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Rehabilitation for older people in long-term care

  • Comment
  • Review
  • Intervention

Authors


Abstract

Background

Examination of demographic trends indicates that the worldwide population is progressively ageing. It is expected that such longevity will be associated with an increase in morbidity and demand for long-term residential care. This review examines whether there is evidence that physical rehabilitation benefits older people in long-term care.

Objectives

To evaluate physical rehabilitation interventions directed at improving physical function among older people in long-term care.

Search methods

We searched the trials registers of the following Cochrane entities: Stroke Group (searched March 2008), Effective Practice and Organisation of Care Group (searched August 2006) and the Rehabilitation and Related Therapies Field, (searched August 2006). In addition, we searched 17 relevant electronic databases including the Cochrane Central Register of Controlled Trials (The Cochrane Library 2007, Issue 3), MEDLINE (1966 to 1 October 2007), EMBASE (1980 to 1 October 2007), CINAHL (1982 to 1 October 2007), AMED (1985 to 1 October 2007), PsycINFO (1967 to 1 October 2007) and PEDro (searched 1 October 2007). We also searched trials and research registers and conference proceedings, checked reference lists, and contacted authors and researchers in the field and other relevant Cochrane entities.

Selection criteria

Randomised studies comparing a rehabilitation intervention designed to maintain or improve physical function with either no intervention or an alternative intervention in older people aged 60 years or over who have permanent long-term care residency.

Data collection and analysis

Two authors independently assessed trial quality and extracted data. We contacted study authors for additional information.

Main results

Forty-nine trials involving 3611 participants were included. On average, 74 (range 12 to 468) participants were randomised into trials at baseline. Of studies which reported age, the overall mean age was 82 years (range of 69 to 89). Most interventions lasted less than 20 weeks, and comprised approximately three 30 to 45-minute group sessions per week. Twelve trials conducted post-intervention follow up (maximum one year). Most often a 'usual care' control group was used, but social activity and alternative interventions also featured. The primary outcome, daily activity restriction, was reported by 36 trials. A range of secondary outcomes are also reported.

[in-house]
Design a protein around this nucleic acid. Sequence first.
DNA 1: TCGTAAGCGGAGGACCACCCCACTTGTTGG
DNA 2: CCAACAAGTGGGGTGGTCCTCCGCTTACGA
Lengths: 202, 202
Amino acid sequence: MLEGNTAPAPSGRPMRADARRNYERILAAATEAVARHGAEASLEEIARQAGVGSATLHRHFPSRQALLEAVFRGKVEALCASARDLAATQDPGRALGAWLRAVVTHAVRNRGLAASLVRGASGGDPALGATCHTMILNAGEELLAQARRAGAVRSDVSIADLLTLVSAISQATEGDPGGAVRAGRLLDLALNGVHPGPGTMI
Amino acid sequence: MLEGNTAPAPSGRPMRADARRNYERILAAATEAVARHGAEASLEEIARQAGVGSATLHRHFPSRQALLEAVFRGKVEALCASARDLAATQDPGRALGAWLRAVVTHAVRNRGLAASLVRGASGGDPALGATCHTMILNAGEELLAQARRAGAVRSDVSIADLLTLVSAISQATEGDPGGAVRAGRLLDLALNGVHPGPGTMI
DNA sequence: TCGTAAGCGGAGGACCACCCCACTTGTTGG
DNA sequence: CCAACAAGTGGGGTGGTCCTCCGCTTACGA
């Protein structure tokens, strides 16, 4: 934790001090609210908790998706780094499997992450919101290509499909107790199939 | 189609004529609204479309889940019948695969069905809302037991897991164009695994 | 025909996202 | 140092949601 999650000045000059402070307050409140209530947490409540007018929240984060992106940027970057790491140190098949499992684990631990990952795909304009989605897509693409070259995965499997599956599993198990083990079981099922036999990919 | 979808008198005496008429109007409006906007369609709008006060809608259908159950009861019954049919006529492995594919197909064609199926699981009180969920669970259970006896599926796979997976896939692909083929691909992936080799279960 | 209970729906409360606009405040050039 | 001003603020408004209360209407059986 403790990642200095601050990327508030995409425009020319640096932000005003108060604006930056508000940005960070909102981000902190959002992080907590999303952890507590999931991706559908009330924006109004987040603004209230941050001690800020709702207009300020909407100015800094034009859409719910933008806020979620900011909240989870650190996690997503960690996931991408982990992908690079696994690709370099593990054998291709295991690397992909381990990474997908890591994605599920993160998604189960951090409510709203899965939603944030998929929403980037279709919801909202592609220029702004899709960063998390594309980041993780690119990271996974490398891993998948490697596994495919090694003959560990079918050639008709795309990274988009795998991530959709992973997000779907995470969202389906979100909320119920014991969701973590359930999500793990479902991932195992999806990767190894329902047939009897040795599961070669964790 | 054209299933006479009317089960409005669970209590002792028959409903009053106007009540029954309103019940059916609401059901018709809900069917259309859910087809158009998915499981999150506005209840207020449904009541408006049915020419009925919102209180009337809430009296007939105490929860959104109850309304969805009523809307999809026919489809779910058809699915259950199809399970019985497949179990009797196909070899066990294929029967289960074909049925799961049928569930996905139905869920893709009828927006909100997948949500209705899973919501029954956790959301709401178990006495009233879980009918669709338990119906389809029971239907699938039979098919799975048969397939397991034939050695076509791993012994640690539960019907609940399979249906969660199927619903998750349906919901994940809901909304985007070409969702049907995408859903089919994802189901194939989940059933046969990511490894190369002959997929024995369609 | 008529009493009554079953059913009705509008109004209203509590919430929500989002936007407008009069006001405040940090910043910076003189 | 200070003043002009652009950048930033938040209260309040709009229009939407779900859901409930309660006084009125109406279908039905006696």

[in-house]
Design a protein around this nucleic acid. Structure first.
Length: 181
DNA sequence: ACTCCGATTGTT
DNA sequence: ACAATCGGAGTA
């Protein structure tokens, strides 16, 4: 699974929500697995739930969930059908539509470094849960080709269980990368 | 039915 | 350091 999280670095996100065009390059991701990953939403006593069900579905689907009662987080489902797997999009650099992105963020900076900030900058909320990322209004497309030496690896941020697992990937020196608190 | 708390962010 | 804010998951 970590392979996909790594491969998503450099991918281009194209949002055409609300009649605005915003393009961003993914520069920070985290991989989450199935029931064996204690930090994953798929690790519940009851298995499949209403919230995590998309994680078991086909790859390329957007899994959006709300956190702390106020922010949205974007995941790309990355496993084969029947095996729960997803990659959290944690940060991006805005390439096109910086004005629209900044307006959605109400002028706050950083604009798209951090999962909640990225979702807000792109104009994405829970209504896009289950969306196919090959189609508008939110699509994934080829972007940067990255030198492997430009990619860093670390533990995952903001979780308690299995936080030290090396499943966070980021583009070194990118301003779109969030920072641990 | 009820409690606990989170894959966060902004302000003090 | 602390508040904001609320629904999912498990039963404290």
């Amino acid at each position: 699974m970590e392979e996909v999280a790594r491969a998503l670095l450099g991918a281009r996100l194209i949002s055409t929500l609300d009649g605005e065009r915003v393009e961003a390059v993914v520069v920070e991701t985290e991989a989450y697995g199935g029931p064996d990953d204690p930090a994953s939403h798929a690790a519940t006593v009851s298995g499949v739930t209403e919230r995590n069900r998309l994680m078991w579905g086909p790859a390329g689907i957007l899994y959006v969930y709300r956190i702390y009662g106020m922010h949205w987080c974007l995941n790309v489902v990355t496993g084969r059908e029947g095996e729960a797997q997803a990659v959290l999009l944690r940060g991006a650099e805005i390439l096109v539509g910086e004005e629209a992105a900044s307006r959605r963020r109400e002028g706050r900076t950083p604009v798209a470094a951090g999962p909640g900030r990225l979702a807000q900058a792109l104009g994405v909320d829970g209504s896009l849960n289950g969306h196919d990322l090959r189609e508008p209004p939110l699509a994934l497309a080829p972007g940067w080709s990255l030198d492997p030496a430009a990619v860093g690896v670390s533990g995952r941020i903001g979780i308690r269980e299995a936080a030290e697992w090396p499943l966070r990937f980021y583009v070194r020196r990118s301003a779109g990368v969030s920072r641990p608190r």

Authors' conclusions

Provision of physical rehabilitation interventions to long-term care residents is worthwhile and safe, reducing disability with few adverse events.

Most trials reported improvement in physical condition. However, there is insufficient evidence to make recommendations about the best intervention, improvement sustainability and cost-effectiveness.

Plain language summary

Rehabilitation for older people in long-term care

Rehabilitation treatments may be effective in improving the physical condition of older people in long-term care. In 1997 the number of over-65 year olds constituted 6.6% of the world's population, and this is predicted to increase to 10% by 2025.  It is expected that this will lead to a rise in demand for long-term residential care. There is therefore a demand for ways of preventing any deterioration in health and increasing independence in activities of daily living, for example walking and dressing, among residents. Physical rehabilitation (interventions based on the exercising the body) may have a role and this review examines the evidence available. Forty-nine trials are included in this review, 30 of which were conducted in the USA. In total, 3611 participants with an average age of 82 years were involved, more than two-thirds of whom were female. Most interventions in some way addressed disability in routine daily life, for example walking, eating and dressing. The trial outcomes addressed by this review are disability in daily life, strength, flexibility, balance, general physical condition, mood, cognitive status, participant drop out, session attendance, death, illness, and  unwanted effects associated with the intervention, such as injuries. Due to the wide variety of outcome measures used, the studies could not be summarised statistically, therefore a narrative review is provided. While variations between the trials means specific recommendations cannot be made, they were overwhelmingly successful, demonstrating that many different types of physical rehabilitation have benefits to physical health with few reports of unwanted events relating to the intervention.

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